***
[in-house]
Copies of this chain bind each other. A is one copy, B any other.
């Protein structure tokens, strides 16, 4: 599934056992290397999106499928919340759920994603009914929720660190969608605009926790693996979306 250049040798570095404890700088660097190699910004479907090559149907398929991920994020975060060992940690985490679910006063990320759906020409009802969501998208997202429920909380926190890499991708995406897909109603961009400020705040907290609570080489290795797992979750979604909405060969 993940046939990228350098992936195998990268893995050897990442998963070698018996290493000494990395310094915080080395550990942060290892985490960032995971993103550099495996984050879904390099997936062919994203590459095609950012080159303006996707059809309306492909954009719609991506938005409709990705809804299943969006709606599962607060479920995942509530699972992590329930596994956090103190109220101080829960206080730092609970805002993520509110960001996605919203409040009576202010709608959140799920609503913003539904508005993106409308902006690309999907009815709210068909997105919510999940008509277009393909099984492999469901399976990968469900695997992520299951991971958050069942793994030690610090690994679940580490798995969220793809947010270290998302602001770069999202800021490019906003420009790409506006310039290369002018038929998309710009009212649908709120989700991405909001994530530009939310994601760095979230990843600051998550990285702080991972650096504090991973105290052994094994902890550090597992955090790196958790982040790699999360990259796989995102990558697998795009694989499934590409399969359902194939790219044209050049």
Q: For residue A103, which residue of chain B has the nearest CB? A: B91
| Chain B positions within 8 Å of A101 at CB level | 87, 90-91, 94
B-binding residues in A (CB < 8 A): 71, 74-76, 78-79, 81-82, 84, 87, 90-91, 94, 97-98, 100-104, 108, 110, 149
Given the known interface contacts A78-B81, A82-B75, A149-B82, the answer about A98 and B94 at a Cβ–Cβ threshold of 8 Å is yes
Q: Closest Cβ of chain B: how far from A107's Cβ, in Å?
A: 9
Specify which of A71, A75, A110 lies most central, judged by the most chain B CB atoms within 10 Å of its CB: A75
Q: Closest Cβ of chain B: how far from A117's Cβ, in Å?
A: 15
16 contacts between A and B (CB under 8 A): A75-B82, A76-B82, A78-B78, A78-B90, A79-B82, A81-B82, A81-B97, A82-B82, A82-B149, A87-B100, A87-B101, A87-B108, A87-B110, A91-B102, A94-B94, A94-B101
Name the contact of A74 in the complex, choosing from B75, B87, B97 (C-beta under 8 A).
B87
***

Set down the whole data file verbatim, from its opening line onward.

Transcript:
[in-house]
Copies of this chain bind each other. A is one copy, B any other.
């Protein structure tokens, strides 16, 4: 599934056992290397999106499928919340759920994603009914929720660190969608605009926790693996979306 250049040798570095404890700088660097190699910004479907090559149907398929991920994020975060060992940690985490679910006063990320759906020409009802969501998208997202429920909380926190890499991708995406897909109603961009400020705040907290609570080489290795797992979750979604909405060969 993940046939990228350098992936195998990268893995050897990442998963070698018996290493000494990395310094915080080395550990942060290892985490960032995971993103550099495996984050879904390099997936062919994203590459095609950012080159303006996707059809309306492909954009719609991506938005409709990705809804299943969006709606599962607060479920995942509530699972992590329930596994956090103190109220101080829960206080730092609970805002993520509110960001996605919203409040009576202010709608959140799920609503913003539904508005993106409308902006690309999907009815709210068909997105919510999940008509277009393909099984492999469901399976990968469900695997992520299951991971958050069942793994030690610090690994679940580490798995969220793809947010270290998302602001770069999202800021490019906003420009790409506006310039290369002018038929998309710009009212649908709120989700991405909001994530530009939310994601760095979230990843600051998550990285702080991972650096504090991973105290052994094994902890550090597992955090790196958790982040790699999360990259796989995102990558697998795009694989499934590409399969359902194939790219044209050049």
Q: For residue A103, which residue of chain B has the nearest CB? A: B91
| Chain B positions within 8 Å of A101 at CB level | 87, 90-91, 94
B-binding residues in A (CB < 8 A): 71, 74-76, 78-79, 81-82, 84, 87, 90-91, 94, 97-98, 100-104, 108, 110, 149
Given the known interface contacts A78-B81, A82-B75, A149-B82, the answer about A98 and B94 at a Cβ–Cβ threshold of 8 Å is yes
Q: Closest Cβ of chain B: how far from A107's Cβ, in Å?
A: 9
Specify which of A71, A75, A110 lies most central, judged by the most chain B CB atoms within 10 Å of its CB: A75
Q: Closest Cβ of chain B: how far from A117's Cβ, in Å?
A: 15
16 contacts between A and B (CB under 8 A): A75-B82, A76-B82, A78-B78, A78-B90, A79-B82, A81-B82, A81-B97, A82-B82, A82-B149, A87-B100, A87-B101, A87-B108, A87-B110, A91-B102, A94-B94, A94-B101
Name the contact of A74 in the complex, choosing from B75, B87, B97 (C-beta under 8 A).
B87